What should I do as a seller before the sale of my business property?
If you are a seller who wants to make a quick, clean sale, be prepared to respond to your buyer’s questions regarding environmental liabilities. In the event that problems turn up after the sale, former owners may be held accountable for some of the cost of cleanup. Some danger signals to look for include lead paint, leaking underground storage tanks or asbestos.
There is always the possibility that your buyer will create a hazardous waste problem and then later blame you as the former owner. A Phase I environmental audit, conducted by an outside consultant, can help you prove that the property was clean at the time of the sale.
What if problems turn up during the audit? Then a Phase II environmental audit may be called for. This would provide more information about the problems and some determination as to how a cleanup should be implemented.
At this point, you may decide to reduce the asking price and sell the property “as is.” Ignoring the problem is just not an option, as you will most likely be required to sign a disclosure statement at the closing.
The mission of OSHA—the Occupational Safety and Health Administration—is to make sure that a workplace adheres to certain safety standards. Since there is such a wide range of workplace characteristics, many of OSHA’s standards will not apply to your business. One of your first steps should be to find out which standards are appropriate to your workplace. The most direct way is to contact an OSHA office for help.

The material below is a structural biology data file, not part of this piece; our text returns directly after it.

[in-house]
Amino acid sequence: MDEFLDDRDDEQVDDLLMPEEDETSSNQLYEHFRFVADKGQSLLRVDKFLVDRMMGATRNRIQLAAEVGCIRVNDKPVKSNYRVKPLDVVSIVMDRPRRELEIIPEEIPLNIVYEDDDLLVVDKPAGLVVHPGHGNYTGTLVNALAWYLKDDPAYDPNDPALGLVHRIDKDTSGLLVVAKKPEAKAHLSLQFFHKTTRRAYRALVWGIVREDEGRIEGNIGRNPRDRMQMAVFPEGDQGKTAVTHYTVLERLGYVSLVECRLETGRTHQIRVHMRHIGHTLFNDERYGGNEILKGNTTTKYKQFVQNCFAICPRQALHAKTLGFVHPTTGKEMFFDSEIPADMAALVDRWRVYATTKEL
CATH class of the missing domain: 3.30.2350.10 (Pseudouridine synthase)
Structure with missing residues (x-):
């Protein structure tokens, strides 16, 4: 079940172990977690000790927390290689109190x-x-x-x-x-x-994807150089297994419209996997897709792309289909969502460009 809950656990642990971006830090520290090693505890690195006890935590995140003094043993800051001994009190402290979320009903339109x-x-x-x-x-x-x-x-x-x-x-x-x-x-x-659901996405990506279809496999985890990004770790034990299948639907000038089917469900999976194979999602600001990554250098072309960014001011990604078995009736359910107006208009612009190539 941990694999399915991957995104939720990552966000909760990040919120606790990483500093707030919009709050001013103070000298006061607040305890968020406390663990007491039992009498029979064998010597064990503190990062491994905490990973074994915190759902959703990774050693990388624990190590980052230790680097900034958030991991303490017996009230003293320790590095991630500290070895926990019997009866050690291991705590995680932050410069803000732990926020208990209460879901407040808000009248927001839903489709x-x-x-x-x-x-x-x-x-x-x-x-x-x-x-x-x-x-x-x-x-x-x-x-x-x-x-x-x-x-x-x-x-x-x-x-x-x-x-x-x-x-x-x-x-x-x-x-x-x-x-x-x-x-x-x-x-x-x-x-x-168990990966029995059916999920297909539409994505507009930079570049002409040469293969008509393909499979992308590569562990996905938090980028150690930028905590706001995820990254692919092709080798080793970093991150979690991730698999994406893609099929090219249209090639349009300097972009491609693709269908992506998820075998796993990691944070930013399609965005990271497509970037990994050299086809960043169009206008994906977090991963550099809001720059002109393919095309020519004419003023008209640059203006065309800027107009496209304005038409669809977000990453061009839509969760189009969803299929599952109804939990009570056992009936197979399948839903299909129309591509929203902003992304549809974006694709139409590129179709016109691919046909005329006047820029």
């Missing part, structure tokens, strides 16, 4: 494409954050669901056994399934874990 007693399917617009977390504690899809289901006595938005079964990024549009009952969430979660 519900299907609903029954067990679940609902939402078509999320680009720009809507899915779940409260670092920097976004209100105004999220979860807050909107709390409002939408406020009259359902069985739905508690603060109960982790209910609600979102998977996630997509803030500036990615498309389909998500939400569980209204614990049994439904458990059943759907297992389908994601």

Categories of industry standards are organized based on materials used, chemicals used, the layout of the building (for emergencies, fires) and manufacturing operations. For each of the standards that seem to apply to your workplace, check the introduction. This is called scope and application. Scope will provide details to help you decide if the standards really do apply to your situation.
What kind of OSHA standards is my business subject to?
Offices typically are affected by these kinds of standards: walking and working surfaces, material handling and storage, health-related environmental control and fire protection. You are required to implement these standards in your workplace.
Can I get a variance from OSHA standards?
If it is difficult to meet a deadline, you can request an extension, or you can ask for a variance (similar to a zoning variance).
My business can hardly afford to comply with some of the OSHA standards. Where can I get some help?
To help meet OSHA standards, there is some financial help available. Loans to support implementation may be available to help you comply with the standards set by OSHA or standards set by your state.
Does the EPA offer support for my small business?